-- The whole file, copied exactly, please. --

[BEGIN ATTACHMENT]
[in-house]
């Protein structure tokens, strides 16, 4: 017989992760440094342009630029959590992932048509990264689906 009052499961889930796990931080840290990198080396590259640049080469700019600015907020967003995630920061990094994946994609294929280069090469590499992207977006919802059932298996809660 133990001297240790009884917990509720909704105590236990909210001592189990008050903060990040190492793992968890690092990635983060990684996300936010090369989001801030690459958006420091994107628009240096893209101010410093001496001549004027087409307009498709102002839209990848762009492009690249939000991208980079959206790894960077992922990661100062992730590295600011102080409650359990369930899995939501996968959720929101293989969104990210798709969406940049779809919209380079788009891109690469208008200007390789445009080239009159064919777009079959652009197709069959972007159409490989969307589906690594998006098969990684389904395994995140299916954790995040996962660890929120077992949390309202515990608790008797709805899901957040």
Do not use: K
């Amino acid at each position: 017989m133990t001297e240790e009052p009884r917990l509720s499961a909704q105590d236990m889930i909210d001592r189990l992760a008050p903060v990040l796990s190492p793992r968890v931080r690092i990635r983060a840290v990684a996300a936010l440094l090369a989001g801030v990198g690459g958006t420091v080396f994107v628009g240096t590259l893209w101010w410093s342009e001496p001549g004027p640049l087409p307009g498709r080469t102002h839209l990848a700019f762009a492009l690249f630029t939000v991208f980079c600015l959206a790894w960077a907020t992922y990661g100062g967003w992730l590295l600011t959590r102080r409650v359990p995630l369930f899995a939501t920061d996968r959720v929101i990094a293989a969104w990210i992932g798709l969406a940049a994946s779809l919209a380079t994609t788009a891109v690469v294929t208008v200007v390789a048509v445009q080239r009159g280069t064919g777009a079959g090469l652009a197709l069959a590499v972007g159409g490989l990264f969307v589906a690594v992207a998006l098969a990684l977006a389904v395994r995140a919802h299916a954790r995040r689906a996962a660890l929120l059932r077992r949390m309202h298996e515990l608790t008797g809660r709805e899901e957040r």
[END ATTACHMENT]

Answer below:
[in-house]
């Protein structure tokens, strides 16, 4: 017989992760440094342009630029959590992932048509990264689906 009052499961889930796990931080840290990198080396590259640049080469700019600015907020967003995630920061990094994946994609294929280069090469590499992207977006919802059932298996809660 133990001297240790009884917990509720909704105590236990909210001592189990008050903060990040190492793992968890690092990635983060990684996300936010090369989001801030690459958006420091994107628009240096893209101010410093001496001549004027087409307009498709102002839209990848762009492009690249939000991208980079959206790894960077992922990661100062992730590295600011102080409650359990369930899995939501996968959720929101293989969104990210798709969406940049779809919209380079788009891109690469208008200007390789445009080239009159064919777009079959652009197709069959972007159409490989969307589906690594998006098969990684389904395994995140299916954790995040996962660890929120077992949390309202515990608790008797709805899901957040």
Do not use: K
């Amino acid at each position: 017989m133990t001297e240790e009052p009884r917990l509720s499961a909704q105590d236990m889930i909210d001592r189990l992760a008050p903060v990040l796990s190492p793992r968890v931080r690092i990635r983060a840290v990684a996300a936010l440094l090369a989001g801030v990198g690459g958006t420091v080396f994107v628009g240096t590259l893209w101010w410093s342009e001496p001549g004027p640049l087409p307009g498709r080469t102002h839209l990848a700019f762009a492009l690249f630029t939000v991208f980079c600015l959206a790894w960077a907020t992922y990661g100062g967003w992730l590295l600011t959590r102080r409650v359990p995630l369930f899995a939501t920061d996968r959720v929101i990094a293989a969104w990210i992932g798709l969406a940049a994946s779809l919209a380079t994609t788009a891109v690469v294929t208008v200007v390789a048509v445009q080239r009159g280069t064919g777009a079959g090469l652009a197709l069959a590499v972007g159409g490989l990264f969307v589906a690594v992207a998006l098969a990684l977006a389904v395994r995140a919802h299916a954790r995040r689906a996962a660890l929120l059932r077992r949390m309202h298996e515990l608790t008797g809660r709805e899901e957040r």